February 15 2018
In this excerpt from Running Rewired, author Jay Dicharry describes what your body feels every time you take it for a run.
*Republished with permission of VeloPress from the book Run or Die by Kilian Jornet.
As a world champion ultra-runner and ski mountaineer, Kilian Jornet has conquered some of the world’s toughest races. Among his many feats, he holds the world record for running up and down Mt. Kilimanjaro. In his new memior, Run or Die, he shares his passion, inviting readers into a fascinating world rich with the beauty of rugged trails and mountain vistas, and the pulse-pounding drama of racing. In this excerpt, Jornet shares his first race experience against his idols.
I recall the words of Jordi, my trainer. Running is an art, he said, like painting a picture or composing a piece of music. And to create a work of art, you have to be clear about four basic concepts: technique, effort, talent, and inspiration. And all this must be combined in dynamic equilibrium. You must have perfect control of technique and avoid superfluous movements that don’t help drive you forward and only waste energy. You must husband your movements, care and protect them. Every runner has a natural way to run that he must follow and perfect. There are runners who take big strides and runners who prefer small steps. There are runners who run with their head erect and runners who stoop. There are runners who hold themselves in reserve and runners who attack from the very first. There is no way of running that can be imposed on everyone. There is no perfect way for every runner, but everybody has his perfect way of running. We discovered mine: It is running in step with nature, trying to communicate through my steps what nature is communicating to me. Not leaving a single trace on the terrain where I’m running, trying to be as silent as possible. Running as if I were floating over the path so that the earth hardly feels my feet brushing over its stones. Running and adapting to the terrain, taking small steps when running or big strides when walking up steep slopes, or trying to transform downhill stretches into a flowing dance between my body and the terrain, though never straining. Taking steps that flow naturally, as if they were an extension of that terrain.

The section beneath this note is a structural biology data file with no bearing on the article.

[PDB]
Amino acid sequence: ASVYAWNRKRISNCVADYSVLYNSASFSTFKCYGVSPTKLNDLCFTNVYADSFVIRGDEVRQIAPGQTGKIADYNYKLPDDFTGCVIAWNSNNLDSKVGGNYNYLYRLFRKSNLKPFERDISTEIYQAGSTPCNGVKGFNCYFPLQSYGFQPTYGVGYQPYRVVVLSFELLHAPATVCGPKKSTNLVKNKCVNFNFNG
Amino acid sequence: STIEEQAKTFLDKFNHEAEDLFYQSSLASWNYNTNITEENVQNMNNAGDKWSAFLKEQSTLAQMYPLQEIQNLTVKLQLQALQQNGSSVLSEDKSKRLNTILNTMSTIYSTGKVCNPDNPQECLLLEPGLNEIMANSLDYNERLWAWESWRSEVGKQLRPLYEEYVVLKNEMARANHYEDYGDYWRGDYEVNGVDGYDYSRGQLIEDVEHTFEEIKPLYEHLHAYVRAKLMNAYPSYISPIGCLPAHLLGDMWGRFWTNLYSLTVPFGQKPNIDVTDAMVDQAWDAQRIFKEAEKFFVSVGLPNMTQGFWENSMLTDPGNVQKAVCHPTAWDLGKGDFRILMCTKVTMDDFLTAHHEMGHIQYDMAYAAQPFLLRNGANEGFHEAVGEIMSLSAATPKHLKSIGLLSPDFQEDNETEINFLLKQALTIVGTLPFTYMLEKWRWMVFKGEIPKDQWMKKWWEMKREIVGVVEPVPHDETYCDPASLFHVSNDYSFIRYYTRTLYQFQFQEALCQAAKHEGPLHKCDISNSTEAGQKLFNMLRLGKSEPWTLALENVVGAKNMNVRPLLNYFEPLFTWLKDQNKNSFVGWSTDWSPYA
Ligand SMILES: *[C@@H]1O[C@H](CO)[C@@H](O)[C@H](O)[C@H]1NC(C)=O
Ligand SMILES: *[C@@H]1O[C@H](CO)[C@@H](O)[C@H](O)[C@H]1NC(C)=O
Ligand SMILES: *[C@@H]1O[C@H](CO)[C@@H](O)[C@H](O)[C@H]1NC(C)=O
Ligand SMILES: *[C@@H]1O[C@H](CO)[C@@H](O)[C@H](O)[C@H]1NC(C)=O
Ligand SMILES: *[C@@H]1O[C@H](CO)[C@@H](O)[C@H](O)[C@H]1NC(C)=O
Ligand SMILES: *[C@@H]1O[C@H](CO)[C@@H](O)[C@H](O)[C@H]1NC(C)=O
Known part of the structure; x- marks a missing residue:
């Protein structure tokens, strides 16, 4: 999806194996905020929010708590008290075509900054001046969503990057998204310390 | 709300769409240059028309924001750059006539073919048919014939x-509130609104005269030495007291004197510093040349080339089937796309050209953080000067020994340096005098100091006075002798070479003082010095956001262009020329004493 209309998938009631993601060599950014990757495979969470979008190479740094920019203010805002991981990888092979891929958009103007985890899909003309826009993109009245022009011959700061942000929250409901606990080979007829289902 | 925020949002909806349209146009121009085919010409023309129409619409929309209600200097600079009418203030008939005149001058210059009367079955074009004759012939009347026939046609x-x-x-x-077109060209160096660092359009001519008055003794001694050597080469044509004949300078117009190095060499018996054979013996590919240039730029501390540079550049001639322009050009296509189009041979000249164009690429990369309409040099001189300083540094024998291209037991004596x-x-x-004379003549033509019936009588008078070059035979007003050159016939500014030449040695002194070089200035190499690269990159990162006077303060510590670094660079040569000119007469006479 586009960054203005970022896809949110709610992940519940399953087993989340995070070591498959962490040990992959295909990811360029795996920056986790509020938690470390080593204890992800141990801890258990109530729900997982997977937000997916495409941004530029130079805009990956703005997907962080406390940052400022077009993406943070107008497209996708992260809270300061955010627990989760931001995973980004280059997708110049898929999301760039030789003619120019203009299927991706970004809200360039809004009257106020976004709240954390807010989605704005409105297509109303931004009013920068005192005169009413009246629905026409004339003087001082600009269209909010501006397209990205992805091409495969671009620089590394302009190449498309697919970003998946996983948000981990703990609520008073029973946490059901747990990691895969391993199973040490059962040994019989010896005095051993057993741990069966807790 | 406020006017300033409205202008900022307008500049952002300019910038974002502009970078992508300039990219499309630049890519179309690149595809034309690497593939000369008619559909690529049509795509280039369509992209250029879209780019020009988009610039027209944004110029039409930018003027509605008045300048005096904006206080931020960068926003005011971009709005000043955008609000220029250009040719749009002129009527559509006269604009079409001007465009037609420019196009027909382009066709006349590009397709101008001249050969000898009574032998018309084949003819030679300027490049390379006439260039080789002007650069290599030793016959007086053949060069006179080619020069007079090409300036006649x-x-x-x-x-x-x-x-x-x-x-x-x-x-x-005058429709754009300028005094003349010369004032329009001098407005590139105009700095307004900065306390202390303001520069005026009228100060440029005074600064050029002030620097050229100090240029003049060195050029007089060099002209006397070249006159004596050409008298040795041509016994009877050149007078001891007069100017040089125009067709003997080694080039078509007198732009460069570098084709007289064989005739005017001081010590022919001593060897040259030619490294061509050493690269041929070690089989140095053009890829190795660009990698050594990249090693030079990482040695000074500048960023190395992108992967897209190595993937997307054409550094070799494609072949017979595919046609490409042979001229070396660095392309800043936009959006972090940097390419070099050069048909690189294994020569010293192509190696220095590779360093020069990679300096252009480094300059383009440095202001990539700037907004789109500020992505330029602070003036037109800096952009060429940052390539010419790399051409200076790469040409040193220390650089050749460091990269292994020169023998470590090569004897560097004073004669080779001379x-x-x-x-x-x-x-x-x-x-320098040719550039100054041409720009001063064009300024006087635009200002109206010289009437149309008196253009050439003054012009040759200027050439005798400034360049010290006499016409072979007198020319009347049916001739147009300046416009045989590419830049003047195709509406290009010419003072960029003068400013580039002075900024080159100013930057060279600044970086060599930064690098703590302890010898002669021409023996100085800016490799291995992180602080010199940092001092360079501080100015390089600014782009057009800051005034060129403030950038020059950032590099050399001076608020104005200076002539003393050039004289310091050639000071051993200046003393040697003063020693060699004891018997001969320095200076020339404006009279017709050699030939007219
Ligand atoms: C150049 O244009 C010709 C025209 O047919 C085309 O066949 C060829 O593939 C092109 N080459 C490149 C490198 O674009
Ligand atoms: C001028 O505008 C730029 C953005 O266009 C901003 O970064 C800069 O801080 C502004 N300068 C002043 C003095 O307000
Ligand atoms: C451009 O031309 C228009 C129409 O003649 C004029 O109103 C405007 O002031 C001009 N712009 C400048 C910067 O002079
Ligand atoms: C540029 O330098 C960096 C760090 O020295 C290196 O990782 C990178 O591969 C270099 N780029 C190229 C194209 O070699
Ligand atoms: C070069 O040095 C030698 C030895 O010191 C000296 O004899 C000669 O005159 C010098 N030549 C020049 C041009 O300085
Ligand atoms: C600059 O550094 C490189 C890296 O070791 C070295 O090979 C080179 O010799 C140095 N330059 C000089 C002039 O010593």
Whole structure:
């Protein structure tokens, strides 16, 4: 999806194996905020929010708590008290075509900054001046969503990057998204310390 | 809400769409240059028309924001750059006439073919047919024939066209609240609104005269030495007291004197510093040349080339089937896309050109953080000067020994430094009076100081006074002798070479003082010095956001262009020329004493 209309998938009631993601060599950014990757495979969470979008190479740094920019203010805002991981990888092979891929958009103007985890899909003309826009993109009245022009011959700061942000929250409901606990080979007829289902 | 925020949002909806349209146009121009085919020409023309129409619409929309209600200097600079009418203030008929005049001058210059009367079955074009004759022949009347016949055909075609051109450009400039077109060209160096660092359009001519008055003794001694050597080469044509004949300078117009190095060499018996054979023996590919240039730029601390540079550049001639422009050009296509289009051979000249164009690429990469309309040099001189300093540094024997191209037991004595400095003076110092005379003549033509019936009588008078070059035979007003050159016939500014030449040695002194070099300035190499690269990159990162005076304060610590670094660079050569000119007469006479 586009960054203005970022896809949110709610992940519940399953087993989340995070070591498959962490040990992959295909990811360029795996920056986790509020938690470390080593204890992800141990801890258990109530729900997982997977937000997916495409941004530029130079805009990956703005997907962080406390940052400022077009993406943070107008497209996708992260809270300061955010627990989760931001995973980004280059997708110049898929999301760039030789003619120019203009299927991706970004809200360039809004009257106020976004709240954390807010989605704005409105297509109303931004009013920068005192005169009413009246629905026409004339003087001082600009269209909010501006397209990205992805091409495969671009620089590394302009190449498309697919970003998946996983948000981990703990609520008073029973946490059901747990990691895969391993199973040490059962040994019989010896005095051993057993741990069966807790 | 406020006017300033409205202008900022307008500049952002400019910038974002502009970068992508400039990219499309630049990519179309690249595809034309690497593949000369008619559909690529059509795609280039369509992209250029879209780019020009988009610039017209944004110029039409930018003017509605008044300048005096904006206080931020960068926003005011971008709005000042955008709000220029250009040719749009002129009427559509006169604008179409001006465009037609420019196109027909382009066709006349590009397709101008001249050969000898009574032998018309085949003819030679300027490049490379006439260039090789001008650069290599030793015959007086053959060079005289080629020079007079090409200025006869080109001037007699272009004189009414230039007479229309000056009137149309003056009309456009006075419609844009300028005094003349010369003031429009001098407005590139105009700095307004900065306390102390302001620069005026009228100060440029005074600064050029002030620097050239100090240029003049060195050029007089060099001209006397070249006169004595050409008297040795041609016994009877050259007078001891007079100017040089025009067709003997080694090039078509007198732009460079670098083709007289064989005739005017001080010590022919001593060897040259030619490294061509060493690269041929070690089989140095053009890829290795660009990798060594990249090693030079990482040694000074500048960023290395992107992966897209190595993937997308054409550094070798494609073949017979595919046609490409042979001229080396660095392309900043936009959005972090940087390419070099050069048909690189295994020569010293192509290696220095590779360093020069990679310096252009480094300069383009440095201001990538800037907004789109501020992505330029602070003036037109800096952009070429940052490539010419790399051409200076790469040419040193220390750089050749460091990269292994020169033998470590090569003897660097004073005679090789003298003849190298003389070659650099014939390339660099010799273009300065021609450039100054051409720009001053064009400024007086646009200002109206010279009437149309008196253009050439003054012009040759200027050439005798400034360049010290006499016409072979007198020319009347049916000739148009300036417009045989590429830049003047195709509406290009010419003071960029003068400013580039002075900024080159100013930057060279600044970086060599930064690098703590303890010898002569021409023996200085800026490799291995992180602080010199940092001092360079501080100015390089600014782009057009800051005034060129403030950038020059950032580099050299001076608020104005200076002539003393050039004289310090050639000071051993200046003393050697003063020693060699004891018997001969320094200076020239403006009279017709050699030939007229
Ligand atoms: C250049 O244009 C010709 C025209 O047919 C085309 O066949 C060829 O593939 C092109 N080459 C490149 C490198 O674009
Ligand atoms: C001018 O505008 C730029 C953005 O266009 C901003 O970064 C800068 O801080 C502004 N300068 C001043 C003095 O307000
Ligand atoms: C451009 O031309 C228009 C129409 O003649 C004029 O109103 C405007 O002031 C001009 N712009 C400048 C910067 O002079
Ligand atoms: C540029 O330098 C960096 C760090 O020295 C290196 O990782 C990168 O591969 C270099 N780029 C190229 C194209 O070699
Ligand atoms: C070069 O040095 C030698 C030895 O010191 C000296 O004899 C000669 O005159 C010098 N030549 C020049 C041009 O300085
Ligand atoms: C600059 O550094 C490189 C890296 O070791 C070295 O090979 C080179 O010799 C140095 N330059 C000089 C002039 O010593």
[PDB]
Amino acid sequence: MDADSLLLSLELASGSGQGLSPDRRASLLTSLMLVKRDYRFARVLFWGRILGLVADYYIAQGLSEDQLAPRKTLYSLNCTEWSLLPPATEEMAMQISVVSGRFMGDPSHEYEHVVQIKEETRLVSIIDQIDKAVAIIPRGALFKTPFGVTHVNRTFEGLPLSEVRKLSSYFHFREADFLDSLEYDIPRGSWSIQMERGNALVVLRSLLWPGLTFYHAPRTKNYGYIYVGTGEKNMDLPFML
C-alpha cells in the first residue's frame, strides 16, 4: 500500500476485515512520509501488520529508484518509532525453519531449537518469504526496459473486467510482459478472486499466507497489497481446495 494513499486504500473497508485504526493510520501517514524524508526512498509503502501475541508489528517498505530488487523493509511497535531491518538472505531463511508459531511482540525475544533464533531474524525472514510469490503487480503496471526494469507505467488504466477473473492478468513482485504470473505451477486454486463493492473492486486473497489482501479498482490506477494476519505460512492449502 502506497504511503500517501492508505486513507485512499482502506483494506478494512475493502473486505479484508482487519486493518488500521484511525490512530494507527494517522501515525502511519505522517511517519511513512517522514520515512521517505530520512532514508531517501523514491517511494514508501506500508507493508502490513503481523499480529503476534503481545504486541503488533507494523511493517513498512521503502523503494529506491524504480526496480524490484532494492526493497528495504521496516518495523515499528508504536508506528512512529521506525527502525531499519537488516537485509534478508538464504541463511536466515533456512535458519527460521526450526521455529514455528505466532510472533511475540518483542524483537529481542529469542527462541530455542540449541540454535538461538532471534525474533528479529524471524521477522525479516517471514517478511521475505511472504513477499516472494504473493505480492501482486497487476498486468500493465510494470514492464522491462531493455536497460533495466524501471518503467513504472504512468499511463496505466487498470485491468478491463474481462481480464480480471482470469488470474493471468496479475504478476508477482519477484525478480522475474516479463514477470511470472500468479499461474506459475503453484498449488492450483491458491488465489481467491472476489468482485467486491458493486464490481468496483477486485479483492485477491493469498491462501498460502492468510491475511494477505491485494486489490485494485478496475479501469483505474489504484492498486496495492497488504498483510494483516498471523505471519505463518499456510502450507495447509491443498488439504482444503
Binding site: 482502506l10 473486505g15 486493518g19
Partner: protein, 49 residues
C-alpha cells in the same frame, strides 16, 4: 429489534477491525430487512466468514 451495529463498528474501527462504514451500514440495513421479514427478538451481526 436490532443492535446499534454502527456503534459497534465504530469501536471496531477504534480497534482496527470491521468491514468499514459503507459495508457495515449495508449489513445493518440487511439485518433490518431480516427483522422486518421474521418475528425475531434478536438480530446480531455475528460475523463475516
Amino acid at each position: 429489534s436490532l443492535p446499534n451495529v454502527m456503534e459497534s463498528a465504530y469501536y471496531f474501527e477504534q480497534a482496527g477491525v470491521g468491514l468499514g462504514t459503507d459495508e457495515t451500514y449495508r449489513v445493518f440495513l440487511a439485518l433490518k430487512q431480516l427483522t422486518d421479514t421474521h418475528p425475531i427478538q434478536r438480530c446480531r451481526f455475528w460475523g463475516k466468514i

From the day we first met, Jordi has always said that I have a gift for this sport, that my genetic makeup is perfect. But I’ve always been reserved and was never convinced that was true. I can remember the first ski event I won in an adult category. I was in my last year as a junior, and to reward my good results, the International Ski Federation took me to the European Cup. My eyes lit up when I saw that my idols—Florent, Manfred, Dennis—were there, and I could hardly believe it when I lined up at the start with them next to me.
The race started off at a very fast pace, and I was immediately left in no-man’s-land between the trio of favorites who were 40 or 50 seconds in front and the group in pursuit that was a minute behind me. All of sudden, on the last climb, I joined the leading trio. “What’s happened? Why have they stopped?” I wondered. “Why are they waiting for me?” I couldn’t grasp the fact that I had caught up with them. I was completely at a loss for a few minutes. How could I possibly be with them? My body was numb. I couldn’t stop thinking about how I was now running alongside my idols, the real people in those photos that filled my folders. When my head started to function properly and I recognized the real competitive situation I was in, I didn’t hesitate for a moment: I overtook them and went on the attack with all the energy I could muster. I continued to wonder, Why don’t they come after me? Why do they lag behind me? I couldn’t understand, but I pressed on to the finish line, where I hugged the team selector, crying and jumping for joy, unable to believe that I had beaten Florent, the best Swiss runner, whom I partnered with years later in various races and who became the closest of friends.
However, as Picasso said, inspiration exists, but you have to work at it. Jordi and Maite always told me that talent and genetic makeup are useless without hard work. We must work constantly throughout our sporting lives. From the moment we wake up to the moment we go to sleep. No holidays or days of rest. It is the labor of an artisan, where artist and work are one and the same. It is work morning and afternoon, on leisure days, in good weather, and on trips to discover new valleys or to share training with friends. But there are also many days when the weather is bad, when you run in heavy rain, when it is cold or muddy, when your body is tired and you just want to stay in bed. When you get up and feel like staying in the warm and watching a movie, drinking tea, but must go out and battle against wind and water. There are also many days of solitude, of more of the same, with only your iPod for company and a few wild animals that watch you from their dens as you run uphill and down.